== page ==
This question is a natural follow-up of this other question, asked earlier today by wspin.

Let's say that a metric space $(X,d)$ has two poles if:

  • there are two distinct points $x$, $y$ such that for every $r\ge 0$ the open balls $B_r(x)$ and $B_r(y)$ are isometric;
  • there is no isometry $f$ of $(X,d)$ such that $f(x)=y$.

Bjørn Kjos-Hanssen gave a very pretty example of a space with two poles (it's the metric space associated to an infinite graph). I've tried to turn this example into a surface by "inflating" it (imagine it in the 3-space, and take the boundary of a regular neighourhood), but failed. Hence my question:

Are there connected Riemannian manifolds with two poles?

If one drops the connectedness assumption, then Włodzimierz Holsztyński's answer to the question linked above is a 0-dimensional example. One can also ask for more: compactness, trivial $\pi_1$, curvature restrictions, etc., but I'll stick with the broader question for now.

The rough meta-question in the back of my mind is: "How nice can a bipolar space be?", so answers/comments in this direction are very welcome.

  • $\begingroup$ If the connectedness of the manifold were not required then we could have examples being unions of 5 spheres of any fixed dimension. $\endgroup$ Oct 6, 2014 at 22:54
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    $\begingroup$ Do we a priori require that isometry between $B_r(x)$ and $B_r(y)$ maps $x$ into $y$? $\endgroup$ Oct 6, 2014 at 23:33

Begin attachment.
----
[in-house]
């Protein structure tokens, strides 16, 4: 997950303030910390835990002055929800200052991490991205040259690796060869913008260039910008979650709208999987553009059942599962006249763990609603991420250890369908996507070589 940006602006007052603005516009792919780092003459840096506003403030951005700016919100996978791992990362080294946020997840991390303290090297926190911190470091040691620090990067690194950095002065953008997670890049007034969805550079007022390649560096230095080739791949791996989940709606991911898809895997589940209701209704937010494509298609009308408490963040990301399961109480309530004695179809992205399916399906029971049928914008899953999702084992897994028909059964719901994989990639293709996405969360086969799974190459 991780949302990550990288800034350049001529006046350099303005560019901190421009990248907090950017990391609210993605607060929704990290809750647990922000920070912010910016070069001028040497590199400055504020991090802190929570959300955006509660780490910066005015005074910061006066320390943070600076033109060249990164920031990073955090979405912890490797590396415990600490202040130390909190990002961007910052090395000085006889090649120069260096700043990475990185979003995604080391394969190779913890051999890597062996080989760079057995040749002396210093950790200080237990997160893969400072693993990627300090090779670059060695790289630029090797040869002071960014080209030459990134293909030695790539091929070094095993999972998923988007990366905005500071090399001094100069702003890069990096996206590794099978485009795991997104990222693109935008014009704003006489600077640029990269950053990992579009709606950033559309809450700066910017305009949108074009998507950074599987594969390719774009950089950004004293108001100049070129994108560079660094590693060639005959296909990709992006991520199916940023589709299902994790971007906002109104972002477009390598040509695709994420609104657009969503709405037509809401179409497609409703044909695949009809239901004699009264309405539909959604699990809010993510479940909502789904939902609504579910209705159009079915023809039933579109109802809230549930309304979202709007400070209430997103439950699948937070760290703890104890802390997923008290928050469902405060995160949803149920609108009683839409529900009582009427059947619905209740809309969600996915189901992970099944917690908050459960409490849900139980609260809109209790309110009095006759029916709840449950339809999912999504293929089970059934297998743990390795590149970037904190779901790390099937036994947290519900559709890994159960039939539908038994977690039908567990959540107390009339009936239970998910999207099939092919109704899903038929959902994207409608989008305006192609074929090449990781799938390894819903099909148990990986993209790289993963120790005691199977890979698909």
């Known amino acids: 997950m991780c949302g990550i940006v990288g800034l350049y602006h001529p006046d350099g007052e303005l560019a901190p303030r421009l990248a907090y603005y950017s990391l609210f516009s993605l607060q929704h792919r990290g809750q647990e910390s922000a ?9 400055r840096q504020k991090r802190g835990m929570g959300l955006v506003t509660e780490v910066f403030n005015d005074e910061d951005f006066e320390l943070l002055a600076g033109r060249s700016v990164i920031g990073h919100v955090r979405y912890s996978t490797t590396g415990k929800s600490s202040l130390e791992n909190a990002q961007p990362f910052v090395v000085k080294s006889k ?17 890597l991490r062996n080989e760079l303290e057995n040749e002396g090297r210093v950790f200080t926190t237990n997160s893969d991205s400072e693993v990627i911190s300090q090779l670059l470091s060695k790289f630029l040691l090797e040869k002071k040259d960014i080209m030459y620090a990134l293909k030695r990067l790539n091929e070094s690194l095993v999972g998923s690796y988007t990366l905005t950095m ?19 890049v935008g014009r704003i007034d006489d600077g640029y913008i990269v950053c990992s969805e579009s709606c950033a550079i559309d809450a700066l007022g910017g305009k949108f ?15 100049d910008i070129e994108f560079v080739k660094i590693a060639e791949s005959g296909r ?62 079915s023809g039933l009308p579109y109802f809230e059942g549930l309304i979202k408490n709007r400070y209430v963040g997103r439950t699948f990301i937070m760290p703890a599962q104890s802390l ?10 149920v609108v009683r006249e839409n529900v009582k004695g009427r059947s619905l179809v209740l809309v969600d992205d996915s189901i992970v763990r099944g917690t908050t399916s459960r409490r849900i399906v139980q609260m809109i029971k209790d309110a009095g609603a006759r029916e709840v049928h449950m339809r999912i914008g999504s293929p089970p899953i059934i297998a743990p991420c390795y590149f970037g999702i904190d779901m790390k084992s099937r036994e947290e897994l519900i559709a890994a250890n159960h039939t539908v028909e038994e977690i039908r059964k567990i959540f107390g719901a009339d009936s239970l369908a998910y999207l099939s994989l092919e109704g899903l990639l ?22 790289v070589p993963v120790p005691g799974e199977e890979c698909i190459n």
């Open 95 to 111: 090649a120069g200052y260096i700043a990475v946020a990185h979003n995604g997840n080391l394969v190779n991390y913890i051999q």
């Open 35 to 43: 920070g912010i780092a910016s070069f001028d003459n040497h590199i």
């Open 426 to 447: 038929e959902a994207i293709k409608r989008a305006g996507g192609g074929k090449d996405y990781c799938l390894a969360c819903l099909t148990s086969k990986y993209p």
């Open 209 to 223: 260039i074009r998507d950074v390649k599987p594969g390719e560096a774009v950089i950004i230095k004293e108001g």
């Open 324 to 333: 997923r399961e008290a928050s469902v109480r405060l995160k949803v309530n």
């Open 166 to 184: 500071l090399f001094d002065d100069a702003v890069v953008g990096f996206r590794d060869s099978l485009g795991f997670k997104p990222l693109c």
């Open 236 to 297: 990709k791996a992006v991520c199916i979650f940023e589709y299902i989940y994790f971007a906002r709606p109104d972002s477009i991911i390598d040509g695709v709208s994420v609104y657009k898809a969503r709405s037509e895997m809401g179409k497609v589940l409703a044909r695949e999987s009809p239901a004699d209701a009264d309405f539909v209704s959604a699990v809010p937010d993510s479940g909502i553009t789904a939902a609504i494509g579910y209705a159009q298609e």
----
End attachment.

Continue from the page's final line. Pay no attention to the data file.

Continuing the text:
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    $\begingroup$ @FedorPetrov no -- note that in Włodzimierz Holsztyński's answer there is no such isometry $\endgroup$ Oct 7, 2014 at 0:14
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    $\begingroup$ If we do a priori require that the isometry $\phi_r$ between $B_r(x)$ and $B_r(y)$ maps $x$ into $y$, and if balls are relatively compact, the answer is no. Indeed, by the Ascoli-Arzelà theorem, a subsequence of the isometries $\phi_{r_j}$ converges uniformly on compact sets to an isometry $\phi:X\to X$ mapping $x$ to $y$ (surjectivity follows by compactness again). $\endgroup$ Oct 7, 2014 at 8:59
  • $\begingroup$ @Marco Let $ M_{g}$ be a compact surface with constant negative curvature. the constant curvature implyies local isometry but global isometries are rare since the isometry group has at most 84(g-1) elements. So this gives an example. Am I mistaken? $\endgroup$ Aug 10, 2016 at 17:09

1 Answer 1


The answer is no if $M$ is assumed to be complete:

Let $x, y \in M$ such that for all $r > 0$ the balls $B_r(x)$ and $B_r(y)$ are isometric via $$f_r : B_r(x) \to B_r(y).$$ Set $R := \inf \{ r \mid B_r(x) = M\}$ (here $R = \infty$ if $M$ is unbounded). First I claim that

For all $0 < r < R$ we have $f_r(x) = y$:

Assume on the contrary that $f_r(x) \neq y$. Let $z \in M \setminus \overline B_r(y)$ and $\gamma_1 : [0,l] \to M$ be a minimal arc length geodesic from $y$ to $z$. Then $\gamma_1(r) \in \partial B_r(y)$. Also let $\gamma_2$ be a minimal geodesic from $f_r(x)$ to $\gamma_1(r)$. Since $f_r^{-1}(\gamma_1(r)) \in \partial B_r(x)$ (here we extend $f$ to $\overline B_r(x)$ by metric completion), $f_r^{-1}(f_r(x)) = x$, $\gamma_2$ is minimal and $f_r$ is an isometry it follows that $\gamma_2$ has length $r$. But then also the curve obtained by concatenating $\gamma_2$ and ${\gamma_1}_{\vert [r,l]}$ is minimal between $f_r(x)$ and $z$. This is a contradiction, since geodesics do not branch.

Now, consider a sequence $f_{r_n}$ of such isometries with $f_{r_n}(x) = y$ and ${r_n} \to R$ for $n \to \infty$. After passing to a subsequence we may assume that $f_{r_n}$ converges to an isometry $f : M \to M$ with $f(x) = y$ (the isometries are determined by their differentials at $x$, which converge after some subsequence by Ascoli-Arzelà (or simply by linearity)).

Two remarks:

  • This argument holds more generally for complete length spaces with curvature bounded below.

  • I am not sure whether the completeness assumption is necessary.


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